Model farm reaps the rewards
‘To really empower workers, they need to have the option of owning their own houses . . . ’
When neurosurgeon Mark Solms took over the ailing Delta fruit farm in 2001, it bothered him that none of his new employees would look him in the eye.
Craig MacGillivray, chief executive of the Solms-Delta operating company, says Solms decided to completely change how the farm was run. This process, and its remarkable success, has made the company a role model in a sector bedevilled by inequality and unhappiness.
This week, farm worker unions admitted they had lost control of wage strikes in the Western Cape, but say farmers have only themselves to blame for renewed violence.
Karel Swarts, spokesperson for the Commercial, Stevedoring, Agriculture and Allied Workers Union, also said they had “no control” over striking farm workers.
Denice Jansen, a Mawubuye Land Rights Forum field worker, said: “We can’t control the situation. People are angry. We are not in control of the strike.”
Jansen also blamed the “dehumanising” living conditions of many workers on farms for the anger.
But amid the violence and unhappiness, there are some farms which have actively tried to tackle their employees’ issues.
MacGillivray recalled during an interview that Solms had called all his employees to a meeting to discuss their concerns 12 years ago.
The answers given by the families resident on the farm were simple: education for themselves and their children, and housing.
The Solms family established the Wijn de Caab Trust in 2005 in order to benefit the farm’s approximately 200 residents and employees.
Solms convinced friend and philanthropist Richard Astor to buy the neighbouring farm and put the two properties on it up as collateral to purchase a third. The land is now owned by the Solms-Delta company, in which the workers have a 33% share through the Wijn de Caab Trust.
The other two-thirds ownership is split between the Astor and Solms families.
Along with the shares and a minimum entry-level wage of R100 per day, Solms-Delta has invested extensively in education, housing and healthcare for its employees.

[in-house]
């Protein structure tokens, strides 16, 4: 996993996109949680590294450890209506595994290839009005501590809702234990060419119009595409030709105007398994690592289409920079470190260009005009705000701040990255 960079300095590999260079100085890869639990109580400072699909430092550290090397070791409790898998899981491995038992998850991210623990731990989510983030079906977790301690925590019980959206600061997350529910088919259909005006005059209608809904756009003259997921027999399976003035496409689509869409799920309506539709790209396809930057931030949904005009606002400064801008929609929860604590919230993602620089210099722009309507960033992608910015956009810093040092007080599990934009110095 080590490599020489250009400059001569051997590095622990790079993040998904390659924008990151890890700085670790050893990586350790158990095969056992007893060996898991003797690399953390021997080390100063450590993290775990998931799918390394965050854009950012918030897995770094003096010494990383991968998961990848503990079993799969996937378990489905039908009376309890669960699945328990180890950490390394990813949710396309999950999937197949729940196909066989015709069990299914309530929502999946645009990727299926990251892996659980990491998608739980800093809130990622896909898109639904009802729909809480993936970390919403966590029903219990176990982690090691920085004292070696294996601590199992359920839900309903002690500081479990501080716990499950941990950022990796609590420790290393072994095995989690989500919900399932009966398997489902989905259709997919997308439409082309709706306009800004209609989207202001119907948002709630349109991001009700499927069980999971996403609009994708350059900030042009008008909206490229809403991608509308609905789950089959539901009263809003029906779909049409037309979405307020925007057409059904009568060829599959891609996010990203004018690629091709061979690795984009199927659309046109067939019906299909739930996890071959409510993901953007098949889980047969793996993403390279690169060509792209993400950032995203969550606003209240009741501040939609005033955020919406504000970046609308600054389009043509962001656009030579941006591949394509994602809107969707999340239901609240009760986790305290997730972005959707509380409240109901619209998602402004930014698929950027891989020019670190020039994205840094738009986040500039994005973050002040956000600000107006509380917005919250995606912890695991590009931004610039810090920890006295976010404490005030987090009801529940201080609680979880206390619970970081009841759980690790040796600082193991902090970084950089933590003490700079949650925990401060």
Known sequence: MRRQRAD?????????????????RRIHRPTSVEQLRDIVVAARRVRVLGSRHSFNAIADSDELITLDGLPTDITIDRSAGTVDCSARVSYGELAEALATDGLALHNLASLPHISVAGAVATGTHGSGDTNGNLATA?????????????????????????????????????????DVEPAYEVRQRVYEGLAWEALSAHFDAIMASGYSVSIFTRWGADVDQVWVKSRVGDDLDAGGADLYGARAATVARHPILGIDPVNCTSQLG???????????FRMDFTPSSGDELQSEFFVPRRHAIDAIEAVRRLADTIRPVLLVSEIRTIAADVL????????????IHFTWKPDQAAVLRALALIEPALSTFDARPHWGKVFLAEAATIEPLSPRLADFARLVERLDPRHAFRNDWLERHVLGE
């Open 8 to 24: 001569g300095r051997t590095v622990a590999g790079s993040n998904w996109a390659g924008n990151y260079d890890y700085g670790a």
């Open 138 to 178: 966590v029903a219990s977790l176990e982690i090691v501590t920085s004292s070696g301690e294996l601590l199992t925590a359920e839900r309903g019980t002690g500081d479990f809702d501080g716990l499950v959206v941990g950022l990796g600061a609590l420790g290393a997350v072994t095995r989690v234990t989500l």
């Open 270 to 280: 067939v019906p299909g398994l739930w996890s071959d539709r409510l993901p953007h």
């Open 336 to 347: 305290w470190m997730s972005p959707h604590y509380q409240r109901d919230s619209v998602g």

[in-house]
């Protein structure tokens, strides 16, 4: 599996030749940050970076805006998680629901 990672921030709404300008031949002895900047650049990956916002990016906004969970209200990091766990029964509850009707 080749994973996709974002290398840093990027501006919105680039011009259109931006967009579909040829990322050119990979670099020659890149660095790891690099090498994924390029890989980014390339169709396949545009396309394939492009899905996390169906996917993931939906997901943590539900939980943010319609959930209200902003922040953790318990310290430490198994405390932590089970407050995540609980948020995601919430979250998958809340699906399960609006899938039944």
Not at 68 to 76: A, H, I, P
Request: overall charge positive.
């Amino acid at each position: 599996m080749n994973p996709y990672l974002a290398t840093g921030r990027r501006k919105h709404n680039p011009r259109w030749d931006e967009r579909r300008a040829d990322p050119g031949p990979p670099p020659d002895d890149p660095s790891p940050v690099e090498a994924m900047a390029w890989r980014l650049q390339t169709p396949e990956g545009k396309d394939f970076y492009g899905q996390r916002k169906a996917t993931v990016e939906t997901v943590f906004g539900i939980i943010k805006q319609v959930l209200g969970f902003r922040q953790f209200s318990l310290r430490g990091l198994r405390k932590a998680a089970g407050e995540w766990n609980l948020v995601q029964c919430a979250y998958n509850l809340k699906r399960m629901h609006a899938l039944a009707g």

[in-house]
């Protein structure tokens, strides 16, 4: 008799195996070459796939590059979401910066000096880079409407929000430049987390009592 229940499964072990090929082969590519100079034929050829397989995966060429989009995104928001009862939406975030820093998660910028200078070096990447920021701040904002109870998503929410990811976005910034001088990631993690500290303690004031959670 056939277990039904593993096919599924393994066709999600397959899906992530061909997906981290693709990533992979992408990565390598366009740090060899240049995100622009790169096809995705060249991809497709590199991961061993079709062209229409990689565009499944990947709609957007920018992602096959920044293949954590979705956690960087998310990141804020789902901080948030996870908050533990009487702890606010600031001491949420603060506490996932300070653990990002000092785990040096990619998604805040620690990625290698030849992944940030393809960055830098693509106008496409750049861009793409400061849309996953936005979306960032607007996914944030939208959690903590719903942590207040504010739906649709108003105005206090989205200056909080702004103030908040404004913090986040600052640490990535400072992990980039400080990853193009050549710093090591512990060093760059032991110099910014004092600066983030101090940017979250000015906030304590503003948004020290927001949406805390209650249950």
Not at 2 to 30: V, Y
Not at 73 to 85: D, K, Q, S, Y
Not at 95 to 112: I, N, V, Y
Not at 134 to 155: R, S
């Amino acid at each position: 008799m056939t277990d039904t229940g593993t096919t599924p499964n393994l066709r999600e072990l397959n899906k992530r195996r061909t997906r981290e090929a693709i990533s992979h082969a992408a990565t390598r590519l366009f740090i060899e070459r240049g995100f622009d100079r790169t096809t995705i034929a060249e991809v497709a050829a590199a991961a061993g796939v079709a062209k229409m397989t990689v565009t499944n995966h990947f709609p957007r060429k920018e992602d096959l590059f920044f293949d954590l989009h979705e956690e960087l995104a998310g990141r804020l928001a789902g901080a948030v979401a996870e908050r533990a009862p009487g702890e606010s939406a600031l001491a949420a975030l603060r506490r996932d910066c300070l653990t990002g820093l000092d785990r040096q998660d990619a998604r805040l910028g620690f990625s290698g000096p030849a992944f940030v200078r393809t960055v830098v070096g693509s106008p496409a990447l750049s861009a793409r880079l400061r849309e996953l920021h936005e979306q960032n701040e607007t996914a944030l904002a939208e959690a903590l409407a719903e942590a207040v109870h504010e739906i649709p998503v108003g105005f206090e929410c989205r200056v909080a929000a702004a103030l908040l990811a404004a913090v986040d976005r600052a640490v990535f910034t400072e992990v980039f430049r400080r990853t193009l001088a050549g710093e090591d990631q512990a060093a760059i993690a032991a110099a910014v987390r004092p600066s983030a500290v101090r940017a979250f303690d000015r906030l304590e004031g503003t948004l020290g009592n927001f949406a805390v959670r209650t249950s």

Tour guide and garden supervisor Johan Orayn has been on the farm since 1981.
He was one of seven resident families who lived in rooms in the building that now houses the Fyndraai restaurant where farm residents have been trained as chefs and waitresses.
Orayn’s family of 10 lived in three rooms, he says, with an outside toilet. He now has a five-room house for himself, his wife and their three children. They have electricity, water, flush toilets, DStv and a garden, standard for all families on the farm.
But to really empower workers, they need to have the option of owning their own house off the farm, says MacGillivray.
Solms-Delta is creating a 200-home “agri-village” on a nearby old forestry site owned by the department of public works.
A vineyard and a cellar are part of the plan, and the idea is that workers will manage these for their own financial benefit.
“We will be joint venture partners in the winemaking side with profits channelled back into the community through the Wijn de Caab Trust,” explains MacGillivray. He admits they are battling red tape, so it will be some time before construction starts.
Education has been another focus. Solms-Delta now has a crèche for 30 children with six qualified teachers – all of whom were originally from the farm.
Other children’s school fees are paid for by the Solms-Delta operating company. Bursaries are available for children who want to go study at tertiary level.
Employees of Solms-Delta’s were not among those striking late last year or this week.
Employee Adam Pieterson said people on other farms often asked whether there were positions at Solms-Delta, which has a permanent staff of 119
and 30 sub-contracted vineyard workers at any time.
Pieterson said his life on the farm had improved significantly over the last decade, and emphasised that the previous owner also treated his employees well but had struggled to make money in a depressed fruit market.
MacGillivray admits Solms-Delta is an exception. Not all farmers have the capital to introduce the measures it has.
But, he says, most farmers in the area worked as hard as they could to improve their workers’ lives. The biggest challenge, he adds, is helping workers in a way that means they do not become more reliant on the farm and limit their own and their children’s choices beyond the vineyards.
– West Cape News